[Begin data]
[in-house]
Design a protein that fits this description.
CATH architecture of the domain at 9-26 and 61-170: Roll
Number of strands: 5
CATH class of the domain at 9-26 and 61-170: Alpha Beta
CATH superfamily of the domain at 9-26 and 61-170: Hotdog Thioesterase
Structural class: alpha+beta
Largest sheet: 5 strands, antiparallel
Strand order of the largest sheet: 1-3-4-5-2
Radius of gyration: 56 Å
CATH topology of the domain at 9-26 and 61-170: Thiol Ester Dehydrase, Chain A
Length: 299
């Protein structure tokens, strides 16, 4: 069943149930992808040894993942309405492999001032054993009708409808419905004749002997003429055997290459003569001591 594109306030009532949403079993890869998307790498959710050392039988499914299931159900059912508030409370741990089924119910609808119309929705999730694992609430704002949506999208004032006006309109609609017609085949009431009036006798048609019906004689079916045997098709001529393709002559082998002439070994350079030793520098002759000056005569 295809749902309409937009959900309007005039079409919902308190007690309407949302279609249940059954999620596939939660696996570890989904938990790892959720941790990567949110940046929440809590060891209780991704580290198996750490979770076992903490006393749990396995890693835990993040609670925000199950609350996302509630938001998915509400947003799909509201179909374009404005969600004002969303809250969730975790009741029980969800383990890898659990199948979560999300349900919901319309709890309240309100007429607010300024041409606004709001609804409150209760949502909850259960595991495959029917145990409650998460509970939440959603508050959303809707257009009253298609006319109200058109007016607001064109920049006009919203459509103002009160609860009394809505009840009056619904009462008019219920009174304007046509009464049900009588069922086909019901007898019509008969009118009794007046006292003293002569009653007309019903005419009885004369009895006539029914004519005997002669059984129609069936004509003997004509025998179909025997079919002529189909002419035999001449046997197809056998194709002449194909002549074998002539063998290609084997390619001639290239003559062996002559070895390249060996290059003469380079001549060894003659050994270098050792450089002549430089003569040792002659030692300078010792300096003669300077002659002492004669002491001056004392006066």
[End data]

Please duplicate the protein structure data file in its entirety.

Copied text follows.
[in-house]
Design a protein that fits this description.
CATH architecture of the domain at 9-26 and 61-170: Roll
Number of strands: 5
CATH class of the domain at 9-26 and 61-170: Alpha Beta
CATH superfamily of the domain at 9-26 and 61-170: Hotdog Thioesterase
Structural class: alpha+beta
Largest sheet: 5 strands, antiparallel
Strand order of the largest sheet: 1-3-4-5-2
Radius of gyration: 56 Å
CATH topology of the domain at 9-26 and 61-170: Thiol Ester Dehydrase, Chain A
Length: 299
């Protein structure tokens, strides 16, 4: 069943149930992808040894993942309405492999001032054993009708409808419905004749002997003429055997290459003569001591 594109306030009532949403079993890869998307790498959710050392039988499914299931159900059912508030409370741990089924119910609808119309929705999730694992609430704002949506999208004032006006309109609609017609085949009431009036006798048609019906004689079916045997098709001529393709002559082998002439070994350079030793520098002759000056005569 295809749902309409937009959900309007005039079409919902308190007690309407949302279609249940059954999620596939939660696996570890989904938990790892959720941790990567949110940046929440809590060891209780991704580290198996750490979770076992903490006393749990396995890693835990993040609670925000199950609350996302509630938001998915509400947003799909509201179909374009404005969600004002969303809250969730975790009741029980969800383990890898659990199948979560999300349900919901319309709890309240309100007429607010300024041409606004709001609804409150209760949502909850259960595991495959029917145990409650998460509970939440959603508050959303809707257009009253298609006319109200058109007016607001064109920049006009919203459509103002009160609860009394809505009840009056619904009462008019219920009174304007046509009464049900009588069922086909019901007898019509008969009118009794007046006292003293002569009653007309019903005419009885004369009895006539029914004519005997002669059984129609069936004509003997004509025998179909025997079919002529189909002419035999001449046997197809056998194709002449194909002549074998002539063998290609084997390619001639290239003559062996002559070895390249060996290059003469380079001549060894003659050994270098050792450089002549430089003569040792002659030692300078010792300096003669300077002659002492004669002491001056004392006066």